Finding Sites Vulnerable to the Stock Weakness

Now let's try to find some examples of this weakness online. In general, you want to find something about the module that is unique. Often you can use URLs provided by the module and search for them with the Google "inurl:" modifier. In the case of CCLite, that is not as useful because the only path is the admin page, which would not generally be linked from any navigation. Normally, this is a very tough task—the module uses fairly common phrases about the licenses—however, the module uses the less-common British English spelling ''licence'' so a search for "This work is licenced under a" and the modifier "inurl:node" returns hundreds of sites to investigate. You can see the search phrase and Google's approximation of the number of potentially vulnerable sites in Figure 9-2.

^^^ This work Is licenced under' ¡nuri:node ( Search

Web Results 1 -10 of about 589 for'This work is licenced under a" lnurl:node. (0.18 seconds)

Did you mean: "This work is licensed under a" inurknode

Figure 9-2 The Google search returned 589 potentially weak sites.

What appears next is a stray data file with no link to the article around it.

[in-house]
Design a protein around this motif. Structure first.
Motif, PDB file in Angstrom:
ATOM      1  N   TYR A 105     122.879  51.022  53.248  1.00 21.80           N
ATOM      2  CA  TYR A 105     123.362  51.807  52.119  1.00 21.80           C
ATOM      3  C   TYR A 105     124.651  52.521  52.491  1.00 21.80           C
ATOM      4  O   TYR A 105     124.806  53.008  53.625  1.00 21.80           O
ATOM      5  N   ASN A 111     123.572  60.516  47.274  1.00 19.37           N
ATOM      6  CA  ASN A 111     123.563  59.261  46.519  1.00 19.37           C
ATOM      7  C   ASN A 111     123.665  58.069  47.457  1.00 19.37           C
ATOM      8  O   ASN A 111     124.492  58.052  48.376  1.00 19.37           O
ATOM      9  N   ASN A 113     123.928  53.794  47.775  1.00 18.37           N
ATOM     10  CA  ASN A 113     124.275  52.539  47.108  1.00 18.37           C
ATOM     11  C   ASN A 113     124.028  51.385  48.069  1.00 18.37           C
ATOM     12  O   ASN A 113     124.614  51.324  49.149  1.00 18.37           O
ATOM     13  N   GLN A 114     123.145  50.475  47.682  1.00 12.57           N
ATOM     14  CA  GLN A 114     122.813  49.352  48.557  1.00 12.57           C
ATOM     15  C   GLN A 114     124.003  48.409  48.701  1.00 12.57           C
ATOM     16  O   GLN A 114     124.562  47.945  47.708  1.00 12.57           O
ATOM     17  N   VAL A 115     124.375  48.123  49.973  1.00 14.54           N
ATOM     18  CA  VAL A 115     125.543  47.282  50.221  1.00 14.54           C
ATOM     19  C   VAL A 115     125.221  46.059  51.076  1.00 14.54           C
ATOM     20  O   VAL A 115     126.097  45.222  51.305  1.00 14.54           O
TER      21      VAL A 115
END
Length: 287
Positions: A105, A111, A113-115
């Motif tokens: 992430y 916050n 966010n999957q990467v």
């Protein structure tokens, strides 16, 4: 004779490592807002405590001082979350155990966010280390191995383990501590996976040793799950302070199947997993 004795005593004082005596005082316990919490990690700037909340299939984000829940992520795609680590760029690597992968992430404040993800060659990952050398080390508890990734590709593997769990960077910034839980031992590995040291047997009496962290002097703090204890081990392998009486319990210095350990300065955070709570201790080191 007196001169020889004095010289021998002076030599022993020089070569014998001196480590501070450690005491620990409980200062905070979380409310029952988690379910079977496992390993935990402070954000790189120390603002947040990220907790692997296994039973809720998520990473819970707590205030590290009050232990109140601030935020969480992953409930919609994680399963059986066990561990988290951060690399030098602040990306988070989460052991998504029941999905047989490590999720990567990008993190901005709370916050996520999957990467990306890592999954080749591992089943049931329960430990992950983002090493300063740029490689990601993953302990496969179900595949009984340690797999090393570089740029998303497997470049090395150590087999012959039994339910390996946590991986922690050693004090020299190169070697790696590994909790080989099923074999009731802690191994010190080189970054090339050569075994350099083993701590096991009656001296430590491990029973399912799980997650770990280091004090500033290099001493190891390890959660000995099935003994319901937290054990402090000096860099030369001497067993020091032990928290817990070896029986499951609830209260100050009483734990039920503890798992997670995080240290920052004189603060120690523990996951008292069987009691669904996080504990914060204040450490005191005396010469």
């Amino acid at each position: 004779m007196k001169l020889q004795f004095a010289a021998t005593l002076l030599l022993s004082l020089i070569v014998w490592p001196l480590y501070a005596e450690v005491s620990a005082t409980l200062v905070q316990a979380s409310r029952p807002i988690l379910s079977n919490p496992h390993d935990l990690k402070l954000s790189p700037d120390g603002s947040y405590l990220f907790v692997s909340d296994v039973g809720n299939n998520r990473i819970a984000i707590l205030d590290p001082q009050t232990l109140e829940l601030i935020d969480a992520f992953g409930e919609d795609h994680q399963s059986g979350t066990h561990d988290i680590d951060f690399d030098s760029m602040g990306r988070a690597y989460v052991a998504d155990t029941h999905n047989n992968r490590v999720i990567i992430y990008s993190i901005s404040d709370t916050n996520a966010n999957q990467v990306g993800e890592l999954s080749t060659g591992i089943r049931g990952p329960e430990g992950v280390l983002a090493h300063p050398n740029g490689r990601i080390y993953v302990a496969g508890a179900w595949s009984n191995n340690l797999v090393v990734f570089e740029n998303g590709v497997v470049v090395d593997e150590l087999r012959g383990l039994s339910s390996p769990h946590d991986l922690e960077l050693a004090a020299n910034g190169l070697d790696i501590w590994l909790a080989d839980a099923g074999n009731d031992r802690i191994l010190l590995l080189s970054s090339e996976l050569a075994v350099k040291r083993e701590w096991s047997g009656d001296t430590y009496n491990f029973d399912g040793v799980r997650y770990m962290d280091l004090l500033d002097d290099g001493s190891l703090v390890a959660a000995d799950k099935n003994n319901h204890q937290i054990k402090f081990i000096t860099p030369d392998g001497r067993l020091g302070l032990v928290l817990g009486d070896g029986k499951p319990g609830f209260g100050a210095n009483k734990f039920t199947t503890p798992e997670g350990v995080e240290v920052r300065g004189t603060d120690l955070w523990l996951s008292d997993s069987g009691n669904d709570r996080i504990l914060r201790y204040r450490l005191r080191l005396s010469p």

Notice in Figure 9-2 how Google very helpfully informs you that this string isn't the most common way to spell it—which tips you off to the fact that this search string might work to identify vulnerable sites. Adding the "inurl:node" modifier—because the string is shown only in a block on node view—eliminates many potentially vulnerable sites that use path aliases to hide their node/NID-style URLs.

A quick review of the 10 sites on the first page of the results reveals one example where the settings are wide open and you can change them without logging in to the site. Figure 9-3 shows this admin screen for a site where I was not logged in.

Figure 9-3 A site vulnerable to the Creative Commons weakness

With over 500 sites, manual review isn't a reasonable method to find sites. Instead it would be more efficient to write a script that uses the Google search API to find sites and then runs a test on the site, such as visiting the vulnerable URL and comparing the return data to a known good case— the HTTP Access Denied header—and a known bad case—the Creative Commons Lite title on the page—or a form element's description text.

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